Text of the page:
KP Book Review: The Lost Girl of Astor Street

By M. R. Shupp

If your best friend was kidnapped, to what lengths would you go to bring her home?

Piper Sail is an eighteen-year-old woman living amidst the jazzy 1920s. When her best friend, Lydia, goes missing, Piper breaks the societal expectations for a woman her age and investigates the disappearance. She earns the disapproval of many, but she does catch the eye of a handsome detective named Mariano.The_Lost_Girl_of_Astor_Street Together, they continue to search, but Piper discovers information that makes her believe Lydia’s abduction is part of a bigger scheme.

Stephanie Morrill’s novel will transport you to the heart of glitzy 1920s Chicago, complete with flapper dresses, speakeasies, mobsters, and corruption. When I began reading the story, I was surprised at how quickly it came to life. Morrill contrasted the affluence of Astor Street against the underbelly of Chicago through detailed description that blew me away.

My favorite aspect of this story, however, was the theme. Piper’s determination to find Lydia shows the power of friendship. As Piper digs deeper into Chicago’s underbelly, she uncovers secrets about her family, Mariano, and Lydia that leave her wondering if she truly knows anyone.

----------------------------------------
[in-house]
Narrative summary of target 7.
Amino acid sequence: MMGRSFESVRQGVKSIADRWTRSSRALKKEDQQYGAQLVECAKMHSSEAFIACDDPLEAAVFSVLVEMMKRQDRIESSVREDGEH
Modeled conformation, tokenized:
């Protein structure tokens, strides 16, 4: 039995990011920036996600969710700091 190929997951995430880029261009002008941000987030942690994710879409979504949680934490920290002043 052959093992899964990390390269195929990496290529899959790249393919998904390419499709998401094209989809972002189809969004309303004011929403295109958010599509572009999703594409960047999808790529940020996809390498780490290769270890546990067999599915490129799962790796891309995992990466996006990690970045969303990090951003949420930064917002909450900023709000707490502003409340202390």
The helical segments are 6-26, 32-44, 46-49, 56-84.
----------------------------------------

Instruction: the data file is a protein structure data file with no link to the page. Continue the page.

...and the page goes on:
Despite the emotional turmoil she experiences, Piper stays strong in her loyalty to Lydia. She tells Mariano, “You said that you didn’t know any other way to play the game except to give it all. To leave it all on the field. That’s how I feel about Lydia. I don’t know how to do anything else but leave it all on the field.”

People attempt to convince Piper to give up the search, especially when the situation becomes more dangerous. Instead, she follows the advice of her father: “To love anyone is to risk.”

Piper doesn’t fear traversing the underbelly of Chicago if it means she may unearth a clue about her friend, neither is she afraid to use her feminine charms to gather information from unsavory men. Although Piper’s methods aren’t always honest, it demonstrates how much she is willing to risk for Lydia’s sake, and her devotion is admirable.

If Piper hadn’t clung to her friendship with Lydia, she wouldn’t have been as compelling a character, and she would have abandoned her mission because of the perils involved. Thus, without the theme, the story wouldn’t have happened! Authors need to imitate Morrill’s example and use theme to weave plot and characters together. Theme will motivate characters to persevere through trials and obstacles, and it will enable readers to connect with them and cheer them on through the difficulties.

Morrill introduces new twists nearly every chapter to complicate the mystery, and the romance between Piper and Mariano adds flair to the story as they try to solve Lydia’s disappearance as well as figure out their relationship. However, I wouldn’t recommend reading this novel before work (unfortunately, I made this mistake) or late at night because you may get sucked into the story!